Expo showcases Brain Centre’s connections

WORDS: Greg Pride PHOTOGRAPHY Brian Usher -

The Brain Centre’s NDIS-registered neuromodulation services are helping equip clients with the skills they need to ‘train their brain and change their lives’.

IT’S a sunny Saturday morning and the Brisbane Convention and Exhibition Centre is buzzing with activity. Hundreds of people – many of them with wheelchairs, prosthetics, carers or guide dogs – are filing into the sprawling exhibition hall.

Inside are all manner of colourful exhibits and stalls offering an array of products and services aimed at helping make the lives of the disabled, their carers and loved ones just that little bit easier. The occasion is the Brisbane Disability Connection Expo, an annual event put on by Developing Australian Communities to connect NDIS providers and scheme participants. Thousands of people have registered to attend the two-day exhibition, where some 300 exhibitors are showing their wares to an enthusiastic crowd. Among them is Brain Care, a Tweed/Gold Coast-based NDIS-registered provider of neuromodulation services to optimise brain functioning.

Brain Care exhibited at the expo for the first time this year and was also a gold sponsor.

Its highly interactive stand was one of the most popular at the expo, with large queues of people forming to try Brain Care’s innovative neurofeedback therapy and discuss other treatments to assist with a wide range of psychological and neurological issues including brain injury, autism, ADHD, trauma, depression and anxiety.

A team of Brain Care clinicians was on hand to demonstrate the fascinating neurofeedback technique, which has helped hundreds of the service’s clients ‘train their brain and change their lives’.

Neurofeedback therapy uses tiny electrodes attached to the patient’s scalp as they listen to music or watch a movie, sending subliminal messages to correct the way the brain is responding to the images or sounds on the screen.

Among those trying the therapy live at the expo was Brisbane man Ryan Stokes, who suffered a serious brain injury when he was bashed by a group of men outside a hotel in 1993 when he was 19.

“I was in hospital for six months, including six weeks in a coma in ICU,” he says. “I had to relearn how to walk and talk again. It was a near-death experience and it’s been a long road back. You have a head injury and you’re left thinking ‘where do I go? I have to start my life again’.”

Ryan said he was visiting the expo for the first time to look for acquired brain injury-specific treatments and therapies that might help him further, such as those offered by Brain Care.

“I currently wear a mollii suit, which is assisted technology from Sweden,” he says. “It’s like a lycra bodysuit that has electro pads throughout it and it provides electrical stimulation to help reawaken and reinvigorate me. It’s also helped me lessen my gait. The neurofeedback therapy is very interesting and something I’d definitely like to look into further to see if it can provide significant improvement.”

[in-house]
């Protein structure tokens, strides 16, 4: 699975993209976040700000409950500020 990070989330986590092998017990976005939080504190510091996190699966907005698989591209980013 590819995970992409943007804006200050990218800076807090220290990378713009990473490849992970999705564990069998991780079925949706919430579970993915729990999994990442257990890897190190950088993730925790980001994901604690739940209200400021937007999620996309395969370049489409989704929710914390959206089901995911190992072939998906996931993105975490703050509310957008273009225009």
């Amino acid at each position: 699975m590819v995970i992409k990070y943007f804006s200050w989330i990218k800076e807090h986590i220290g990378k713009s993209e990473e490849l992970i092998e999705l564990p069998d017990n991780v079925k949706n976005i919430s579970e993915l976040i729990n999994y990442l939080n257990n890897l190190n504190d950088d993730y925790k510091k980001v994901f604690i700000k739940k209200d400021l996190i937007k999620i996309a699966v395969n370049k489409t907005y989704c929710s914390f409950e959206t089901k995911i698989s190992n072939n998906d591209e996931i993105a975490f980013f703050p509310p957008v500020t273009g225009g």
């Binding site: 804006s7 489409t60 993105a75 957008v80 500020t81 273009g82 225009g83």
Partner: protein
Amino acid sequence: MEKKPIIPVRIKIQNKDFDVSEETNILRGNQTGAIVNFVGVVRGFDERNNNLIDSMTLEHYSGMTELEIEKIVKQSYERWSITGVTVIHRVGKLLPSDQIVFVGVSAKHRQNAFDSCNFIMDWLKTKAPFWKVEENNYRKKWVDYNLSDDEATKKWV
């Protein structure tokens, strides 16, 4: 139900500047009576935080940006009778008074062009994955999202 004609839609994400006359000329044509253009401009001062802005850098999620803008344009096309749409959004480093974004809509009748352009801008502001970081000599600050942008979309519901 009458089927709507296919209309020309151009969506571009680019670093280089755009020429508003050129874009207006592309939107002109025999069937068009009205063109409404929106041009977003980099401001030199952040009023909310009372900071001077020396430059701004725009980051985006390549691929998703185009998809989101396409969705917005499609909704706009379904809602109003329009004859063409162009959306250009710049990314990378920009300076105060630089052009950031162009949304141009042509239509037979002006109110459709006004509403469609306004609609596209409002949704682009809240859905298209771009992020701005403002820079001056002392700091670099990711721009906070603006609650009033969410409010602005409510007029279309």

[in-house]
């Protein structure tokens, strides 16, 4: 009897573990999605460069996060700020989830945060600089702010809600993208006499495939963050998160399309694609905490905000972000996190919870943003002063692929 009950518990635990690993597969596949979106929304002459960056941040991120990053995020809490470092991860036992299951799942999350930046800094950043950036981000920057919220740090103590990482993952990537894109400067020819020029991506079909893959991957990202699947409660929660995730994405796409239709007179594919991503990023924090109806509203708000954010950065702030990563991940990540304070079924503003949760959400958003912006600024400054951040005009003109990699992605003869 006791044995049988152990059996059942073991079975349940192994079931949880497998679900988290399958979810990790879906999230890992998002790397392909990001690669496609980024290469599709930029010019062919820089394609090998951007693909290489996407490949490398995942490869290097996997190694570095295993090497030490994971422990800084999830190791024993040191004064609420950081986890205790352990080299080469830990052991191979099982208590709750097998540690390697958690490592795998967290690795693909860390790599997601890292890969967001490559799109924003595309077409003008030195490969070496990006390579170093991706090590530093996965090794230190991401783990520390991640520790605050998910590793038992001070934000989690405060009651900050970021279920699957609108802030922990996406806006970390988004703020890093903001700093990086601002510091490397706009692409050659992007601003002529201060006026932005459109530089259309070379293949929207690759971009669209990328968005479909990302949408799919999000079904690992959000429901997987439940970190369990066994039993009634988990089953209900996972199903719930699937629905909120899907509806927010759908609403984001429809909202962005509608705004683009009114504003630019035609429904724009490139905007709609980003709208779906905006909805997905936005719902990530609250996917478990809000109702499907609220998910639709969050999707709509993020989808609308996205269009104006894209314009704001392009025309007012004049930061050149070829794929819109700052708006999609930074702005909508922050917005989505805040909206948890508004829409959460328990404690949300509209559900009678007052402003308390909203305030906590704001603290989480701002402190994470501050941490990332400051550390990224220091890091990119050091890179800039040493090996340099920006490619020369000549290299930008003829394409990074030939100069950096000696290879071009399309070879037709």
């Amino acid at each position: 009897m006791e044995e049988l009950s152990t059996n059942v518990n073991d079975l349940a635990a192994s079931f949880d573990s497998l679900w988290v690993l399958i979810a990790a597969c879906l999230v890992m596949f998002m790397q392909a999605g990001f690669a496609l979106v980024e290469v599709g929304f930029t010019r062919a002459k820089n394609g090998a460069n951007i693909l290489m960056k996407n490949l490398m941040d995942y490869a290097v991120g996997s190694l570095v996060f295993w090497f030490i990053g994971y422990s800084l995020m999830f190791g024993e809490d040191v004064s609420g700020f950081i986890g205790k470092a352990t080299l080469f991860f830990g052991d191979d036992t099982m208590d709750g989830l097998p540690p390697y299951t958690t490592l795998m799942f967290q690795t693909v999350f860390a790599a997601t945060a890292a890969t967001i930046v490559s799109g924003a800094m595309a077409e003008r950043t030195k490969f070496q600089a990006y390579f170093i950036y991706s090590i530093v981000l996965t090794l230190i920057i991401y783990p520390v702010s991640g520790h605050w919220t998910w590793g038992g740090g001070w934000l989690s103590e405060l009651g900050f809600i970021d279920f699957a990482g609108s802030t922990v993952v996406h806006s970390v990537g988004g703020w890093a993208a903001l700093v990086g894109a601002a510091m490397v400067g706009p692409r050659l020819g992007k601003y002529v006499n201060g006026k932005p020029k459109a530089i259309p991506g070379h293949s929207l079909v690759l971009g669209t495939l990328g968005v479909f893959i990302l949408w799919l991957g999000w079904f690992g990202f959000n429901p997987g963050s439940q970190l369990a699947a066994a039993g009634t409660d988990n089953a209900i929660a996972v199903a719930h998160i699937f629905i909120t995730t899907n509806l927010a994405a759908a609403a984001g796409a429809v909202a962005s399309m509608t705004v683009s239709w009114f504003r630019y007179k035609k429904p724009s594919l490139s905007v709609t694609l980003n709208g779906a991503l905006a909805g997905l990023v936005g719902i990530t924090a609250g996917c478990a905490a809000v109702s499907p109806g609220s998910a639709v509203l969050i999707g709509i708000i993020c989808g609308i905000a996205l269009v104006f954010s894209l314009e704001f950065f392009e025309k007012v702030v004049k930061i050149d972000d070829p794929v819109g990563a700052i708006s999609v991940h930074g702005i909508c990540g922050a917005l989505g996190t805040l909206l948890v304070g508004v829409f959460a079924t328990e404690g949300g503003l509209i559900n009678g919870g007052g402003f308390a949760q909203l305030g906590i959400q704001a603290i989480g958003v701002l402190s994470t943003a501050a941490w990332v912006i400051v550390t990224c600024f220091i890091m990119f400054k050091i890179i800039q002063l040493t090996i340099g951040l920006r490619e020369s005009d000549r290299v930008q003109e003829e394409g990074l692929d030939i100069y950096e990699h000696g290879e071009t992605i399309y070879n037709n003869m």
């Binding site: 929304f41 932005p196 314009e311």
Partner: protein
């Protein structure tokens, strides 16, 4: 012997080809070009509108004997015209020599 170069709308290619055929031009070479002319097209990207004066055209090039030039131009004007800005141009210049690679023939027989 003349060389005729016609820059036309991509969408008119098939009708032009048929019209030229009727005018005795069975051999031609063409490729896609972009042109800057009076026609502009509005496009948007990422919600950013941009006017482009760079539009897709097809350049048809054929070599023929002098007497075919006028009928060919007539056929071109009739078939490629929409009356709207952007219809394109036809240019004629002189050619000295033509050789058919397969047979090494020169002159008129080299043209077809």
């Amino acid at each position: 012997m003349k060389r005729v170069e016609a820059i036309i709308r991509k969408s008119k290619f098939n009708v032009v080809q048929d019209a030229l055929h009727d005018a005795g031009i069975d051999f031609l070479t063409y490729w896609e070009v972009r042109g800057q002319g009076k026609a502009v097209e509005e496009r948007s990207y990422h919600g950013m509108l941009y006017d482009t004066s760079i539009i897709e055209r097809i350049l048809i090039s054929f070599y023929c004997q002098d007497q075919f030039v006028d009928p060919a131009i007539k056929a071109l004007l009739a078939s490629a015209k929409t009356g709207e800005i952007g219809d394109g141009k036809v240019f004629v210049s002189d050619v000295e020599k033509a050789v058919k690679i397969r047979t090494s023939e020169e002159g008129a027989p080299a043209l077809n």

Another expo attendee, Evelyn Cordell, 17, stopped in at the Brain Care stand to try the neurofeedback therapy to see if it might help her profoundly disabled older sister, Ashley.

“I’m the eldest after her and we have a close connection,” says Evelyn, who is studying aged care at high school while also working part-time in the sector as an assistant nurse. “Ashley has a lot of intellectual and physical disabilities but she’s a beautiful person and I came here to the expo hoping to find some services that might help her and my mum.

“I also deal with my own mental illnesses so Brain Care was something that really intrigued me. I did the first breathing exercise and didn’t go too well but as soon as I had the neurofeedback therapy, my breathing improved noticeably. It really surprised me and I just thought that overall, it was really, really cool.”

Brain Care’s Sydney Stokes says the expo was a resounding success, allowing the business to connect with NDIS scheme participants and network with other providers.

“There’s been such an amazing turnout and everyone is just so interested to learn what we’re about,” she says. “There are no other stalls around in the expo like this – everyone keeps saying, ‘this is so cool’. And it’s been really good to show everyone what neurofeedback therapy looks like because it’s normally the sort of stuff that happens behind the scenes. You don’t get to see the equipment –  what the therapies look like –  so to actually have that demonstrated is attracting a lot of interest.

“There’s a lot of fear around neuroscience –  people think it’s more medical and a bit confronting –  but everyone’s having a great time laughing and interacting with us, so it’s been great.”

Brain Care has been a registered NDIS provider since 2017 and Sydney says its services are becoming increasingly recognised and respected.

“The NDIS is often seen as providing ongoing, lifelong support, whereas we try to focus more on short-term, intensive intervention so that we can reduce the support over time,” she says. “The NDIS is now starting to understand that in a really positive way, making it easier for our clients to get NDIS approval for our services. It’s about trying to equip someone with the skills they need to continue and do better in their lives.”